What do you do with the roasted chicken carcass when dinner is done? What about the chicken wings that nobody wants? I usually save all the bones and freeze them until I have a container full of bones. Sometimes I freeze carrot, celery and mushroom bits too. I don’t eat as much meat as I used to so it usually takes a few months for me fill up the container with bones.
- Dump all the bones and frozen vegetables in a slow cooker and cover it with water and a tablespoon of apple cider vinegar.
- Add seasoning such as salt, bay leaves, peppercorn, garlic, herbs and whatever you like.
- Let it cook on low for about 24 hours.
- Sieve the contents and store them in different sized glass jars.
- If you use raw bones, blanche the bones first before roasting the bones. Blanching the bones will remove impurities and make the broth clearer. Roasting the bones before adding it to the slow cooker will give it better flavor.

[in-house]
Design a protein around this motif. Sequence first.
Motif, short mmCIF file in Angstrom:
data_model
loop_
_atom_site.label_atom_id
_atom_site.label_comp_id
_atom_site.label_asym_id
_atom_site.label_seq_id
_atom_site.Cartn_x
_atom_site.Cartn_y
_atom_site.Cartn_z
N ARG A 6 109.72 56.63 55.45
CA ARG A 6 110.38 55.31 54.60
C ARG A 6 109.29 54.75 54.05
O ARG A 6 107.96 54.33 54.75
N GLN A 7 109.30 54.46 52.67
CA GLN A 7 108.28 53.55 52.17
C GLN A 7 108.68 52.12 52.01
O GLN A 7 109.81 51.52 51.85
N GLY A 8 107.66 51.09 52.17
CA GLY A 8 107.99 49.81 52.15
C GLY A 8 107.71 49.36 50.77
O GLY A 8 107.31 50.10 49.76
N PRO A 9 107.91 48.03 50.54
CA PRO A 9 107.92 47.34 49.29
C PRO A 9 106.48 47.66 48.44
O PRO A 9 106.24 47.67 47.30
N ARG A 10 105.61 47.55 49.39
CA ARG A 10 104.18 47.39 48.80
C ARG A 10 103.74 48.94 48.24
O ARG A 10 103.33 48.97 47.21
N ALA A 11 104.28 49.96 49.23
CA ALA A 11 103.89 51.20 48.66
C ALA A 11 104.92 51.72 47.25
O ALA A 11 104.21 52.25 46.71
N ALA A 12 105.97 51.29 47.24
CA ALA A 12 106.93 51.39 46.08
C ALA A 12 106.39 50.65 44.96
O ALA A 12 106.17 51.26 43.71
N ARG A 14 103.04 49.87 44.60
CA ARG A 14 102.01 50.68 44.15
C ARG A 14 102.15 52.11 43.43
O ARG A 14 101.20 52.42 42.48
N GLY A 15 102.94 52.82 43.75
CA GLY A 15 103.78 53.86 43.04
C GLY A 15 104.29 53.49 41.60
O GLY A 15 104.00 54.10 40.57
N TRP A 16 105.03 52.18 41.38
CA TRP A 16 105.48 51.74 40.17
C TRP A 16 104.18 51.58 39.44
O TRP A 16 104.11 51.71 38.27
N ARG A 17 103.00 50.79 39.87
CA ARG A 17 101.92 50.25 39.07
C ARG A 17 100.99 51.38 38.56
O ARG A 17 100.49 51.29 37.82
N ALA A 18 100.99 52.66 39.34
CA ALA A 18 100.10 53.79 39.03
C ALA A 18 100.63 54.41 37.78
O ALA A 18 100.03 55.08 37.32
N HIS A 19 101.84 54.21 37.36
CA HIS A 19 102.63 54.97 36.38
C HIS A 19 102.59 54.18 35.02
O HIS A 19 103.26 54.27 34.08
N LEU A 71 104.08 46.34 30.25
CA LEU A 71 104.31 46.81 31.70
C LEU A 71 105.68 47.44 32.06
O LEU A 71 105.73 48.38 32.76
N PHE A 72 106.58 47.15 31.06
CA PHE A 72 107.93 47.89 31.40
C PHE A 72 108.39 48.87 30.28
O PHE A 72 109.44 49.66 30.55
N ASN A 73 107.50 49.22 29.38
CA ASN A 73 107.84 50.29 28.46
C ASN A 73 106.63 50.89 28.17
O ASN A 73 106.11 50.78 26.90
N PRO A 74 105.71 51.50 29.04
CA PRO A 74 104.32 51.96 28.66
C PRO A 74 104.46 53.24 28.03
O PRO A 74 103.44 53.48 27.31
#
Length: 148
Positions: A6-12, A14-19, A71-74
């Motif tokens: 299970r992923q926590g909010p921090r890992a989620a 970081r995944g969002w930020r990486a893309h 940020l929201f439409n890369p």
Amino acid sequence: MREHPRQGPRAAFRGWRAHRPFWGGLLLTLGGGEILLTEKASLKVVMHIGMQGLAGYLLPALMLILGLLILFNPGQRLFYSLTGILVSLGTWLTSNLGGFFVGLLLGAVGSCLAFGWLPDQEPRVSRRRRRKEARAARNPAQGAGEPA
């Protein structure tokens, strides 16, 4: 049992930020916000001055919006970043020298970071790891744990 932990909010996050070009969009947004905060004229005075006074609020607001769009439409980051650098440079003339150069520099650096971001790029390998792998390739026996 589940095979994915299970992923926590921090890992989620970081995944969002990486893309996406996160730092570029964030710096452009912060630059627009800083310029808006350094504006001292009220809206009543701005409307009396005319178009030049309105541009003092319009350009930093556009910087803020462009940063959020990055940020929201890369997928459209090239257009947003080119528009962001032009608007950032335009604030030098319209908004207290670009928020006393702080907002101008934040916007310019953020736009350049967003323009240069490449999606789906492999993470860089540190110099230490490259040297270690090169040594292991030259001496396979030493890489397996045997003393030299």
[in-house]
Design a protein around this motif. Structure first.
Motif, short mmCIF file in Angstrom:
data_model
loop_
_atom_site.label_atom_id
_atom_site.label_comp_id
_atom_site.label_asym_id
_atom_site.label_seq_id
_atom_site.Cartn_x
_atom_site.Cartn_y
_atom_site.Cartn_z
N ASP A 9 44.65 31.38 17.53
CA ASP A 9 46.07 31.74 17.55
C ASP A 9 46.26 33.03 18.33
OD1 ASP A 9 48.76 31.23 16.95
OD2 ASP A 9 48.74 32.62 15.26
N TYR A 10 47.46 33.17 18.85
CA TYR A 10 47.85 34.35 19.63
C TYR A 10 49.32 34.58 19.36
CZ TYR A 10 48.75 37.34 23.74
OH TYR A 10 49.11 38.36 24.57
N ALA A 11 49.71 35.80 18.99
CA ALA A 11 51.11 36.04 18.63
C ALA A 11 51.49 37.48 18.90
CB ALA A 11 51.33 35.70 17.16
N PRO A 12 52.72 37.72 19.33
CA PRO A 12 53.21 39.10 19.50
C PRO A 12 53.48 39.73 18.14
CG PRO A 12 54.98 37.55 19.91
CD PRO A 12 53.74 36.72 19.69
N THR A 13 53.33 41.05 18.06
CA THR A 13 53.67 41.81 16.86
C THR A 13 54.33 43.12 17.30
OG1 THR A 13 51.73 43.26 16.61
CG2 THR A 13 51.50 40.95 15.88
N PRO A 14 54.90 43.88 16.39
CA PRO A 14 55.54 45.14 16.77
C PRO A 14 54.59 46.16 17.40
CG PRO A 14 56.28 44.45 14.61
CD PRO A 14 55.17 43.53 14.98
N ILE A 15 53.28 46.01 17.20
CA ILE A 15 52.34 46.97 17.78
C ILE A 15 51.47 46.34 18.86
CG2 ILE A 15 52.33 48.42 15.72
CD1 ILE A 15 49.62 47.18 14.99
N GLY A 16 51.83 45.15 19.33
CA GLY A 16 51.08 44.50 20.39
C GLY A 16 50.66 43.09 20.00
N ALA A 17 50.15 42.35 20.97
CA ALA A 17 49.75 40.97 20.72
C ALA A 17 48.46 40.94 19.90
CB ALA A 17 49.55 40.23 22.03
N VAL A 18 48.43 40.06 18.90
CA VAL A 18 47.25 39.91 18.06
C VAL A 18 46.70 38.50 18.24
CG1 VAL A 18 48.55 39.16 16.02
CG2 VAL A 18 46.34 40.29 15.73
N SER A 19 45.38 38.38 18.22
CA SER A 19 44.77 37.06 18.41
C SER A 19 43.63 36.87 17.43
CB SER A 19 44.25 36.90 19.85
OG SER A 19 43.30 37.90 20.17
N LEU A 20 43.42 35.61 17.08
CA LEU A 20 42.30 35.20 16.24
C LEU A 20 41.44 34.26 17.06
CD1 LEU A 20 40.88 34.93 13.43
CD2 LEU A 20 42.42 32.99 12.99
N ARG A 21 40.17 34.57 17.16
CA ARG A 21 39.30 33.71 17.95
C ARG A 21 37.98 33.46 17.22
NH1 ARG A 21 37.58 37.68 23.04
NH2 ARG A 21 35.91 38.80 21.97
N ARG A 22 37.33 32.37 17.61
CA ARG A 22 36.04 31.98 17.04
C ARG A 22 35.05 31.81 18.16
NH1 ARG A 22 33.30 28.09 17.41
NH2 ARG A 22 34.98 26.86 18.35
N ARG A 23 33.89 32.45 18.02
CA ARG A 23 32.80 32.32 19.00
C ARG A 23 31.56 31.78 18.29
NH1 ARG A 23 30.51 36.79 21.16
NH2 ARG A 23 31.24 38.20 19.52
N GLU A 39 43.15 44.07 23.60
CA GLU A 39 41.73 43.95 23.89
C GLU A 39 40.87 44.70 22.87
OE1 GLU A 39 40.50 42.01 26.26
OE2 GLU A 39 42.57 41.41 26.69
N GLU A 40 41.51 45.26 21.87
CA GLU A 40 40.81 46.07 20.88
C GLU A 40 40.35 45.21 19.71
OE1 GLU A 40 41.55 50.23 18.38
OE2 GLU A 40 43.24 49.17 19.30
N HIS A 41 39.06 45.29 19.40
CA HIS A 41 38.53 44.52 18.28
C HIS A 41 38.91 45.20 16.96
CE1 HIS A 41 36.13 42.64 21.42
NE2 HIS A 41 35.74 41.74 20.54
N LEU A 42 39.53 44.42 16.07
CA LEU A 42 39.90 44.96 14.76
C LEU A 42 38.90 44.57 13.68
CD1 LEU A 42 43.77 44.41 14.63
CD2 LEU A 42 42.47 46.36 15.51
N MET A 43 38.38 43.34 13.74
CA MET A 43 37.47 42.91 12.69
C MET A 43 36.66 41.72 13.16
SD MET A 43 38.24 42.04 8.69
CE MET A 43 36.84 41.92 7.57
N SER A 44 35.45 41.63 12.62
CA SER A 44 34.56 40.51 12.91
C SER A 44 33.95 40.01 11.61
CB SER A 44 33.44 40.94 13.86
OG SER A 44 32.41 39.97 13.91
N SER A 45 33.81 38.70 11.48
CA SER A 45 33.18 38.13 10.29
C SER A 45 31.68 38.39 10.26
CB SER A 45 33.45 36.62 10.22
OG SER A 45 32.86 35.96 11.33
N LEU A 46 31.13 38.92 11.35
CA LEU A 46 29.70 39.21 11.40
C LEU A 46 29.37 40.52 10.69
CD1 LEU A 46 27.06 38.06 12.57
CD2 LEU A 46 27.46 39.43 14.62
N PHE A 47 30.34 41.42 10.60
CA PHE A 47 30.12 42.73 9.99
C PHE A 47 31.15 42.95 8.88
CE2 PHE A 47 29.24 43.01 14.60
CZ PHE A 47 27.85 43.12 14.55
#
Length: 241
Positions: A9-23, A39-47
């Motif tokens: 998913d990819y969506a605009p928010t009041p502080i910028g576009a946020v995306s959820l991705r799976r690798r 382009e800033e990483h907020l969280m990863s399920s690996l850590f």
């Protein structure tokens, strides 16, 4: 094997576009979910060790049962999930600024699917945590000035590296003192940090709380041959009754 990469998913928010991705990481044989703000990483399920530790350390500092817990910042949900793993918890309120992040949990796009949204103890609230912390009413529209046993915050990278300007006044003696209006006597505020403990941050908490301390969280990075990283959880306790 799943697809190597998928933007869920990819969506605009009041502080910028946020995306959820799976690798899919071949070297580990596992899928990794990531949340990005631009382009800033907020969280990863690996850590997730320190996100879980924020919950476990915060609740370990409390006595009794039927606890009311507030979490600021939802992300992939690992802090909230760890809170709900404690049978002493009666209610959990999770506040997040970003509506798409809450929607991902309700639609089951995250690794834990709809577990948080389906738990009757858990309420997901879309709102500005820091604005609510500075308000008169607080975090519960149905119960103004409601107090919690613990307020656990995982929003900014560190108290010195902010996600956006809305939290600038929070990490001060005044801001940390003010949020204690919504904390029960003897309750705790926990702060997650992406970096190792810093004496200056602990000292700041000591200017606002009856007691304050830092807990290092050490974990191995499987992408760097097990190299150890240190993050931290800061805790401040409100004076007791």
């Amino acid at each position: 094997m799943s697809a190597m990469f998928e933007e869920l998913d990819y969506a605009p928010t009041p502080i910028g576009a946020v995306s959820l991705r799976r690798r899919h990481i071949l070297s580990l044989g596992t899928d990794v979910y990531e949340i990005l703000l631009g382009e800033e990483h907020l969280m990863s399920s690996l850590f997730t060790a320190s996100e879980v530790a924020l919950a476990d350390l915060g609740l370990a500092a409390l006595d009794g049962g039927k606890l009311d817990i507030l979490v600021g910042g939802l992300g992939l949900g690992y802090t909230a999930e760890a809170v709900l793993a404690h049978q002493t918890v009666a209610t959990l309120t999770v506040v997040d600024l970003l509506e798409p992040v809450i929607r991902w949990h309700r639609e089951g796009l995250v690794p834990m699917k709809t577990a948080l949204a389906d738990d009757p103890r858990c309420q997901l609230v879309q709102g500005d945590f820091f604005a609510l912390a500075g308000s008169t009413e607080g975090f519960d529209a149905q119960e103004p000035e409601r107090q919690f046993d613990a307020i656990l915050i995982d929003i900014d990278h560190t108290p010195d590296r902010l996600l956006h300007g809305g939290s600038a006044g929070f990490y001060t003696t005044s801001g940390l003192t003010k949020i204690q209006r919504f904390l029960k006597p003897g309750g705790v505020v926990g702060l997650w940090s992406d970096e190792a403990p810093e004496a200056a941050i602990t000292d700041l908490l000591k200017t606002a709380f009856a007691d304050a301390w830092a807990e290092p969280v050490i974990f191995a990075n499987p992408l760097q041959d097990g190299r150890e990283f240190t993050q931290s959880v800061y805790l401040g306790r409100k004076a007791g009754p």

- I accept all bones. I don’t discriminate.
- I prefer to cook my bone broth in a slow cooker so I don’t have to watch the fire over the stove.
- Adding a tablespoon of vinegar (any type) is suppose to help breakdown the bones to extract more flavor from the bones.
- You don’t need as much vegetables as you typically would use when making a stock. The broth is more concentrated than a stock.
- Use the largest stockpot or slow cooker that you possibly have because the bones takes up a lot volume. You will be surprised with how little bone broth you will get from such a large stockpot but then again, the flavor is much concentrated.
- When the bone broth becomes gelatinous at room temperature, you know you did it right.
- It’s good to store the bone broth in different size jars because some recipes requires less or more bone broth.
- When you are done, bury the discarded bones so it becomes compost.
How to Use Bone Broth
- Drink it as is.
- Use it when cooking quinoa, grains and rice.
- Use it as the soup base for noodles and congee.
- Use it in place of stock.